The Covid-19 pandemic threatens to roll back gains in women’s economic opportunities, widening gender gaps that persist despite 30 years of progress.
Well-designed policies to foster recovery can mitigate the negative effects of the crisis on women and prevent further setbacks for gender equality. What is good for women is ultimately good for addressing income inequality, economic growth, and resilience.
Why has Covid-19 had disproportionate effects on women and their economic status? There are several reasons.
First, women are more likely than men to work in social sectors — such as services industries, retail, tourism, and hospitality — that require face-to-face interactions. These sectors are hit hardest by social distancing and mitigation measures. Because of the nature of their jobs, teleworking is not an option for many women. In the United States, about 54 per cent of women working in social sectors cannot telework. In Brazil, it is 67 per cent. In low-income countries, at most only about 12 per cent of the population is able to work remotely.
Second, women are more likely than men to be employed in the informal sector in low-income countries. Informal employment — often compensated in cash with no official oversight — leaves women with lower pay, no protection of labor laws, and no benefits, such as pensions or health insurance.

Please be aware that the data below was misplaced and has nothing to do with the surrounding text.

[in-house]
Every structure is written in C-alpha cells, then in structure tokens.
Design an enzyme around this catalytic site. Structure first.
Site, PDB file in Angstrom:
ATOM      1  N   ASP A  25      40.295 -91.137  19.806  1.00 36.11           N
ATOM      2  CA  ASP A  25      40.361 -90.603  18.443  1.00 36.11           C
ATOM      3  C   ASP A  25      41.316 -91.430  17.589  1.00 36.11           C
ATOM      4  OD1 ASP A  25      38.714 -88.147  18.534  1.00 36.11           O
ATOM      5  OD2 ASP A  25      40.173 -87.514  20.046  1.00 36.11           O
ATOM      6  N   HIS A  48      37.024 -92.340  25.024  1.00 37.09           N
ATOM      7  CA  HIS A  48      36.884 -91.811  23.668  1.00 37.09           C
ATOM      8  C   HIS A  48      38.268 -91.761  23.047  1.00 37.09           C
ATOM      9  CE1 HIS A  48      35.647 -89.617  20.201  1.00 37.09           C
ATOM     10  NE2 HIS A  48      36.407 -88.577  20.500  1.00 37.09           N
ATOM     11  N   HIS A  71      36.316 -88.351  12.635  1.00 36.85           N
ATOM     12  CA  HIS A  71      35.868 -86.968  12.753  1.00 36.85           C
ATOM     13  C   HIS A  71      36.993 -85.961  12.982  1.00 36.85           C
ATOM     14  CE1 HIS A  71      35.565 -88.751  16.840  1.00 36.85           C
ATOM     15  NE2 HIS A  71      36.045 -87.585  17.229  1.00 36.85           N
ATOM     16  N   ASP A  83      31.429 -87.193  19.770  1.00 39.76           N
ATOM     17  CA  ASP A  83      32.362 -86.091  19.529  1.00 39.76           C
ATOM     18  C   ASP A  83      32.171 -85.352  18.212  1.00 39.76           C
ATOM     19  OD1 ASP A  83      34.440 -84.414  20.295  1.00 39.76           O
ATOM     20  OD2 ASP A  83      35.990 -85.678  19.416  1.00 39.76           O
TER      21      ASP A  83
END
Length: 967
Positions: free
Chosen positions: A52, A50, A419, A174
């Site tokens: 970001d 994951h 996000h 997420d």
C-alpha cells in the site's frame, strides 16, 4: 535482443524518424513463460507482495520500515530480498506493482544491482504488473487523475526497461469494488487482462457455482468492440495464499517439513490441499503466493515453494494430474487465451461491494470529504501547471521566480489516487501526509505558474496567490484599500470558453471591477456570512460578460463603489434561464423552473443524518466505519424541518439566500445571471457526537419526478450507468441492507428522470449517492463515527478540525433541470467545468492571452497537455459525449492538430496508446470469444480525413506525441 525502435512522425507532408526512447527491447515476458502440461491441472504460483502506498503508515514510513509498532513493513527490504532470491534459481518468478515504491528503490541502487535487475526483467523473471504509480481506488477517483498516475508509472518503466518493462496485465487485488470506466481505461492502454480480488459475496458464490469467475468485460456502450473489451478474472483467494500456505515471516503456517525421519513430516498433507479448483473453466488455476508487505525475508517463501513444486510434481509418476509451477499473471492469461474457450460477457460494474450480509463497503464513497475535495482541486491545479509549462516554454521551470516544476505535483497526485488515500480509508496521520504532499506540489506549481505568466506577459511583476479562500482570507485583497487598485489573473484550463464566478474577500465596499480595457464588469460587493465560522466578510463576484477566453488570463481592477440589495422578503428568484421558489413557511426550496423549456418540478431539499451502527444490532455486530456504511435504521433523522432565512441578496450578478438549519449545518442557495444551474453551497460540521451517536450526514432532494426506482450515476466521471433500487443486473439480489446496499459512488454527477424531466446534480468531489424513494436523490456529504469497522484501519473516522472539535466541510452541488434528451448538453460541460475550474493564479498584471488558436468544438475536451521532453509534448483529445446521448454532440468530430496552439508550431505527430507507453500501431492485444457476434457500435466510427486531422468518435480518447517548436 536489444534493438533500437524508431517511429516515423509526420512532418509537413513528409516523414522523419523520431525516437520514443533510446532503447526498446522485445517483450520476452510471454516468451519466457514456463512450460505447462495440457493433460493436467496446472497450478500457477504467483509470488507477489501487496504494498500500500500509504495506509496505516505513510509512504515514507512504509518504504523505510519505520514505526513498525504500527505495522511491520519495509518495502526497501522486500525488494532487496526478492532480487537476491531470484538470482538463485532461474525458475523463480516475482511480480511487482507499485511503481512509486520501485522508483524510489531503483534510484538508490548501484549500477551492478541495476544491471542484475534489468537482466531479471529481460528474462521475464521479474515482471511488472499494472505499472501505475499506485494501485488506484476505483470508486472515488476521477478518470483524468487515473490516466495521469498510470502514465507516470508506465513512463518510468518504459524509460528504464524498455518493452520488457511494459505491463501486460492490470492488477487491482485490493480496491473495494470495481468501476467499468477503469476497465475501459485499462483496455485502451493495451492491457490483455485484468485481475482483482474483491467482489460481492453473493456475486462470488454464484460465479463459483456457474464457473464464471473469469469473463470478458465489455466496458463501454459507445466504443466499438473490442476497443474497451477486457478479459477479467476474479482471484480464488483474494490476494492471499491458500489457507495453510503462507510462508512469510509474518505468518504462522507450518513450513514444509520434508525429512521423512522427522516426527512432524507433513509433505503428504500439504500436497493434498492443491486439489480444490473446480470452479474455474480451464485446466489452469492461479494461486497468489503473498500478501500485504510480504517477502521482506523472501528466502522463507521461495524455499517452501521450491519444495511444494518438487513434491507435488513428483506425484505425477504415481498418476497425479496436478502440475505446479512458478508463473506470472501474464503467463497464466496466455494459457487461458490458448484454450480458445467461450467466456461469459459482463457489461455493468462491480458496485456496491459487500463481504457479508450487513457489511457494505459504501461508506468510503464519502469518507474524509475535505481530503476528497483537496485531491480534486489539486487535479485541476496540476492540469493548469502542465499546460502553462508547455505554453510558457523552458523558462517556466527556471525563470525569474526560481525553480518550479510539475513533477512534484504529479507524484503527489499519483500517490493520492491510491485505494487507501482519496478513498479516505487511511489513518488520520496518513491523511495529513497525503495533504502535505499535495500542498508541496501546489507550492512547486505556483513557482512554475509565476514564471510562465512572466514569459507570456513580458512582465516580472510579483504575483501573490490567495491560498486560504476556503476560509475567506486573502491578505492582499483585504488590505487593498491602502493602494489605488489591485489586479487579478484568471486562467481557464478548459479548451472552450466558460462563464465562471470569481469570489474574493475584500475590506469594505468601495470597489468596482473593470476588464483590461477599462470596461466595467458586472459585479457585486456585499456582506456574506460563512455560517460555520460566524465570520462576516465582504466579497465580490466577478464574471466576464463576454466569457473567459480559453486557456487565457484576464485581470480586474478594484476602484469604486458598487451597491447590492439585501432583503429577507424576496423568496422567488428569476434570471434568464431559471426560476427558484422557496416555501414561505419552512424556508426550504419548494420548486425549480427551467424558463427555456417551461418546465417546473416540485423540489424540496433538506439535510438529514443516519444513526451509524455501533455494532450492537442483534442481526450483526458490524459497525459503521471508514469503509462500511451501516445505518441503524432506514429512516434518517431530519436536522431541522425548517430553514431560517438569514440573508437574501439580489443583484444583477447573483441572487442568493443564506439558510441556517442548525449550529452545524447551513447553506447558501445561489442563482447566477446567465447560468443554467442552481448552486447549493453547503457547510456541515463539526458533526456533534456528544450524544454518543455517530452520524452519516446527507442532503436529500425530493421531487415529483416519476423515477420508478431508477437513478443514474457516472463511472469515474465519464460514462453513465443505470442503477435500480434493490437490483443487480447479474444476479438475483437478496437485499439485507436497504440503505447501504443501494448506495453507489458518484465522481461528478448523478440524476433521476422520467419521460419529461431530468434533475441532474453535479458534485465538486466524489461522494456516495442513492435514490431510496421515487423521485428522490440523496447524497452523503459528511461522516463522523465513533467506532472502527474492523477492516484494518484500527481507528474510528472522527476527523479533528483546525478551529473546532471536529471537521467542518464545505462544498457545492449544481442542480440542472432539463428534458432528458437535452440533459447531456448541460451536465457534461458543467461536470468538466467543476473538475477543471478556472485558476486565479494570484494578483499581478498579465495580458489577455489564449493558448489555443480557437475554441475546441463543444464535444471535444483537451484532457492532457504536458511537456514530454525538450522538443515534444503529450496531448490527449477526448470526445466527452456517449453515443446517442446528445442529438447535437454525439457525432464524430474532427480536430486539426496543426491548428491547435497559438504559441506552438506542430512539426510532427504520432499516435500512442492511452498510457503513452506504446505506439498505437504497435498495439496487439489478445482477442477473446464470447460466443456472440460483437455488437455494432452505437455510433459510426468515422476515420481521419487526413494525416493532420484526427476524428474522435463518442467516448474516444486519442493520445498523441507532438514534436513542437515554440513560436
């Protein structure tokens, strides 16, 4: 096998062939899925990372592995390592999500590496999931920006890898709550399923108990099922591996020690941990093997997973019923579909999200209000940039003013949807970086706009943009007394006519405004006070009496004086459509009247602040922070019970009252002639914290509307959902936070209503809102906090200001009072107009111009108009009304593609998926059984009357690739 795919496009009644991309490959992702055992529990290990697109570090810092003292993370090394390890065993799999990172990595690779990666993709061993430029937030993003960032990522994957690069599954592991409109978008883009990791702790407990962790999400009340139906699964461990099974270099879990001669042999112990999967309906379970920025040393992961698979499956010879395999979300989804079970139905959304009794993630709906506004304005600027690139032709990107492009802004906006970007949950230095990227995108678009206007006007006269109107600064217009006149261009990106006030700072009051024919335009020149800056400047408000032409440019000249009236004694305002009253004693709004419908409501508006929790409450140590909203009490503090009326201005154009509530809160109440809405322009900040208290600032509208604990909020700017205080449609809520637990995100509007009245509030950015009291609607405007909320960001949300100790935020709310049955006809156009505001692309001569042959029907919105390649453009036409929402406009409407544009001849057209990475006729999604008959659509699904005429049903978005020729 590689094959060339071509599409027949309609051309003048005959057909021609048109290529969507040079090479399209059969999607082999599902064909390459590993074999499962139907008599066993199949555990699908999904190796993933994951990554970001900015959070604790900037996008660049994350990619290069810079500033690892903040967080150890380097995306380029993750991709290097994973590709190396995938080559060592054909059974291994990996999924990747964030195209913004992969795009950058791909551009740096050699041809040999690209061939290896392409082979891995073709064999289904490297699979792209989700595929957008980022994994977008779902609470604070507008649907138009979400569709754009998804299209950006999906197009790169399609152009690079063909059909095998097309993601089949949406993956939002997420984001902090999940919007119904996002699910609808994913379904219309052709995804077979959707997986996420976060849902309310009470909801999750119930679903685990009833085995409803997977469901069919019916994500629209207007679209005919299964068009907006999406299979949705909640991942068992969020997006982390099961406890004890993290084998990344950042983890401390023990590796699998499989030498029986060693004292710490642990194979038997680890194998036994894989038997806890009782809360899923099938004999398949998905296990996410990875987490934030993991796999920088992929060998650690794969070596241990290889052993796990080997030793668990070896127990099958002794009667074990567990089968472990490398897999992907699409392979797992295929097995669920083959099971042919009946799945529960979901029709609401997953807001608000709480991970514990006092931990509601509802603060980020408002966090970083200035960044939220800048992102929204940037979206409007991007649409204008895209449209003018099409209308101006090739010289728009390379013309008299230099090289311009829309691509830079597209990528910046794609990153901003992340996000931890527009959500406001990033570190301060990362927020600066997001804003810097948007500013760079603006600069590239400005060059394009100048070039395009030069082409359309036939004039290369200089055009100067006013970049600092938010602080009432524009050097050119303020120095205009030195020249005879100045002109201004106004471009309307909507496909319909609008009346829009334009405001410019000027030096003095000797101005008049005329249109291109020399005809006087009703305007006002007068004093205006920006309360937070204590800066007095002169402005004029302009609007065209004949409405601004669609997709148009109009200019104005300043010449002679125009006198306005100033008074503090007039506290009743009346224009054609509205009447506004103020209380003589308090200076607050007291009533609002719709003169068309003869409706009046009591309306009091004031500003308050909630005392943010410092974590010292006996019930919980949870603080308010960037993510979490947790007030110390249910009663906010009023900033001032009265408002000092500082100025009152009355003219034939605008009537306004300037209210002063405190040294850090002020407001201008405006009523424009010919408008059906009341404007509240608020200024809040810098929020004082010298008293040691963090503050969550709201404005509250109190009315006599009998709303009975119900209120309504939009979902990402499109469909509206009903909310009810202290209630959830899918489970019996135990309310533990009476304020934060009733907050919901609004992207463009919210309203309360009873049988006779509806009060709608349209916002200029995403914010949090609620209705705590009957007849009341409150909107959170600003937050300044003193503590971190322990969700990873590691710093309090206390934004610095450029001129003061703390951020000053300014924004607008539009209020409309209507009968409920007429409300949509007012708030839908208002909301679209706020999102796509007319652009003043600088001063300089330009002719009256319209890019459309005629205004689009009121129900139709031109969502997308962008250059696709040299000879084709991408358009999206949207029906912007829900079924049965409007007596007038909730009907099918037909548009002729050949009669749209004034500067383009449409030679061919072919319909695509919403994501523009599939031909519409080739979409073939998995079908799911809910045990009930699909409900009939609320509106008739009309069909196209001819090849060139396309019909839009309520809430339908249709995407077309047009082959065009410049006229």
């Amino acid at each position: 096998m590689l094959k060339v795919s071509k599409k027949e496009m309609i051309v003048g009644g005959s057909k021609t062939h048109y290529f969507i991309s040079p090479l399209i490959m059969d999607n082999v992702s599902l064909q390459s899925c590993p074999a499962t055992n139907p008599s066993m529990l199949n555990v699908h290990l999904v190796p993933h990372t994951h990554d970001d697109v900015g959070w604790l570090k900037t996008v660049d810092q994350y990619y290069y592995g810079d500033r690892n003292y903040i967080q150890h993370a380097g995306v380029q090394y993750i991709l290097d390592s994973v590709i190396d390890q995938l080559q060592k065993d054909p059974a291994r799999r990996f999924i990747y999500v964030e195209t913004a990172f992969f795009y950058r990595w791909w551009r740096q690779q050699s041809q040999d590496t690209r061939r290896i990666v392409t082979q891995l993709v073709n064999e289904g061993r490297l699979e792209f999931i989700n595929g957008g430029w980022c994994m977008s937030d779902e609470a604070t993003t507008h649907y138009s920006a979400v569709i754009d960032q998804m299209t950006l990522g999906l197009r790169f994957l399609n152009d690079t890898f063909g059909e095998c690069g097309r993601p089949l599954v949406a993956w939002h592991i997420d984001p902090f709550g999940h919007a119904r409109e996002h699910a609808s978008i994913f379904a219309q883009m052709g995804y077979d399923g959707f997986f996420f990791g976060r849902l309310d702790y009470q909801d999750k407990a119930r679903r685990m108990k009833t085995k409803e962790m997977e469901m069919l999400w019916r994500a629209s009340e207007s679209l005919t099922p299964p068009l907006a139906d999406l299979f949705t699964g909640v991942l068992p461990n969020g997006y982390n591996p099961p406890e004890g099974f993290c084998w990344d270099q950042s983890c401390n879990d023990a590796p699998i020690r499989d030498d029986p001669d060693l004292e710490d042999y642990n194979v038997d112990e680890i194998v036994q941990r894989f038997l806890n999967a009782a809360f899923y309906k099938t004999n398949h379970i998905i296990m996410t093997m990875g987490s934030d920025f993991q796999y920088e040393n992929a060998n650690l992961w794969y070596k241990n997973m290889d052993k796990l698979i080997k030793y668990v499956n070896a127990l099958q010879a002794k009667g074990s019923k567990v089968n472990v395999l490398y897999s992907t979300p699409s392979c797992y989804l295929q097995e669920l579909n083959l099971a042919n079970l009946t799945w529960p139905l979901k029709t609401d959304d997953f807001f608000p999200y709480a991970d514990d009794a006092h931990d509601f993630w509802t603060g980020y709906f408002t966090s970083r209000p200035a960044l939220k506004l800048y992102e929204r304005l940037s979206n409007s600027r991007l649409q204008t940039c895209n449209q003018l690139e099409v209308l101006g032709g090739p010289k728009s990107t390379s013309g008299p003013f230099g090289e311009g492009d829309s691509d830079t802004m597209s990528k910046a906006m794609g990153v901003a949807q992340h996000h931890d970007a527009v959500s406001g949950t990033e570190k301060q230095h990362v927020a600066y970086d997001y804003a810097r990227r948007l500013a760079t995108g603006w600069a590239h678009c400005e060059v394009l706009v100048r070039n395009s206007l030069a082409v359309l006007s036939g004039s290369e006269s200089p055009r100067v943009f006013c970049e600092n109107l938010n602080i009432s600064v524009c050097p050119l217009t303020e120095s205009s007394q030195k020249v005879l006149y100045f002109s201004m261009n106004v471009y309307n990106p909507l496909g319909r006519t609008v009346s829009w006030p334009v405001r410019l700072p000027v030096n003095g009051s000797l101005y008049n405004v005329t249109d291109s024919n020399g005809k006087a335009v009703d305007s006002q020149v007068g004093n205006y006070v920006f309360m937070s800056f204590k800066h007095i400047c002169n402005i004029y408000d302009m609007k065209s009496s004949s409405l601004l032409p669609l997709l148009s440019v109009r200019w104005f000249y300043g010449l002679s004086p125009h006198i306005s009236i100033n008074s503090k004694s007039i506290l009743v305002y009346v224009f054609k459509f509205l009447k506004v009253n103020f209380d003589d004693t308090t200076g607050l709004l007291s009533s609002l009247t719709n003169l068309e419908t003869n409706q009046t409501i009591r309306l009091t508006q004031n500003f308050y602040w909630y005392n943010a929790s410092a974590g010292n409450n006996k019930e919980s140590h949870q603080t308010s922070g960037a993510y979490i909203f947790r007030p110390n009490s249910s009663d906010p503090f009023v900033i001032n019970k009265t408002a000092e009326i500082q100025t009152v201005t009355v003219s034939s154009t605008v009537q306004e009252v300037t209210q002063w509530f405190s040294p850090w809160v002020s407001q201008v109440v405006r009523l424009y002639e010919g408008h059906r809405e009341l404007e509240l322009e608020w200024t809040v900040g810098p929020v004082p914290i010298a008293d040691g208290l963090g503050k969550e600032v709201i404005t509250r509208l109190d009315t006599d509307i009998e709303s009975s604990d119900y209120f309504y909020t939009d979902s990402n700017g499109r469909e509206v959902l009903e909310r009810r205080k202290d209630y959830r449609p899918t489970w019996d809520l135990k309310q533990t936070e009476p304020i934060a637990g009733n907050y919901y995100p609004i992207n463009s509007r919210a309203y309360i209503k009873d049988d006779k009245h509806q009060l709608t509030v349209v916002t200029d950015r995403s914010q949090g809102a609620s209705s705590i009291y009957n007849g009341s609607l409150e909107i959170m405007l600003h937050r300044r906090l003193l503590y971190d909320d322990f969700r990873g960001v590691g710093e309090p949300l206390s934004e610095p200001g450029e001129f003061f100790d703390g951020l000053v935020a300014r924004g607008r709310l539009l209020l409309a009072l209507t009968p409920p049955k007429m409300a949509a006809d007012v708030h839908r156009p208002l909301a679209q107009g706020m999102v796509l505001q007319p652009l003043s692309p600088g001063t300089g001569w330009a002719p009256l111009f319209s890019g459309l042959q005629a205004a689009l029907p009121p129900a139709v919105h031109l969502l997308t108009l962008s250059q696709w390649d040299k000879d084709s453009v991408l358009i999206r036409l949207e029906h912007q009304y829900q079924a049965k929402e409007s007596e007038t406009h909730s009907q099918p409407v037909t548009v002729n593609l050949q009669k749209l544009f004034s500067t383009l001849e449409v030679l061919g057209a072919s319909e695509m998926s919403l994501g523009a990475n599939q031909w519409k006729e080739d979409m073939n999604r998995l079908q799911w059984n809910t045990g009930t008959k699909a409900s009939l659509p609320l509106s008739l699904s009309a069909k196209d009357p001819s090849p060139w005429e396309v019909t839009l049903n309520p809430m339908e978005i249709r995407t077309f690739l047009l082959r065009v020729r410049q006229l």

The livelihoods of informal workers have been greatly affected by the Covid-19 crisis. In Colombia, women’s poverty has increased by 3.3 per cent because of the shutdown in economic activities. The UN estimates that the pandemic will increase the number of people living in poverty in Latin America and the Caribbean by 15.9 million, bringing the total number of people living in poverty to 214 million, many of them women and girls.
Third, women tend to do more unpaid household work than men, about 2.7 hours per day more to be exact. They bear the brunt of family care responsibilities resulting from shutdown measures such as school closures and precautions for vulnerable elderly parents. After shutdown measures have been lifted, women are slower to return to full employment. Furthermore, among parents with at least one child under the age of 6, men were roughly three times more likely to have returned to work than women.
Fourth, pandemics put women at greater risk of losing human capital. In many developing countries, young girls are forced to drop out of school and work to supplement household income.
It is crucial that policymakers adopt measures to limit the scarring effects of the pandemic on women. This could entail a focus on extending income support to the vulnerable, preserving employment linkages, providing incentives to balance work and family care responsibilities, improving access to health care and family planning, and expanding support for small businesses and the self-employed. Elimination of legal barriers against women’s economic empowerment is also a priority.
Over the longer term, policies can be designed to tackle gender inequality by creating conditions and incentives for women to work. Particularly effective are gender-responsive fiscal policies, such as investing in education and infrastructure, subsidising childcare, and offering parental leave. These policies are not only crucial to lift constraints on women’s economic empowerment, they are necessary to promote an inclusive post-Covid-19 recovery.
This article was written by & Marina M. Tavares, Cheng Hoon Lim, Kristalina Georgieva and Stefania Fabrizio from Khaleej Times and was legally licensed through the Industry Dive publisher network. Please direct all licensing questions to firstname.lastname@example.org.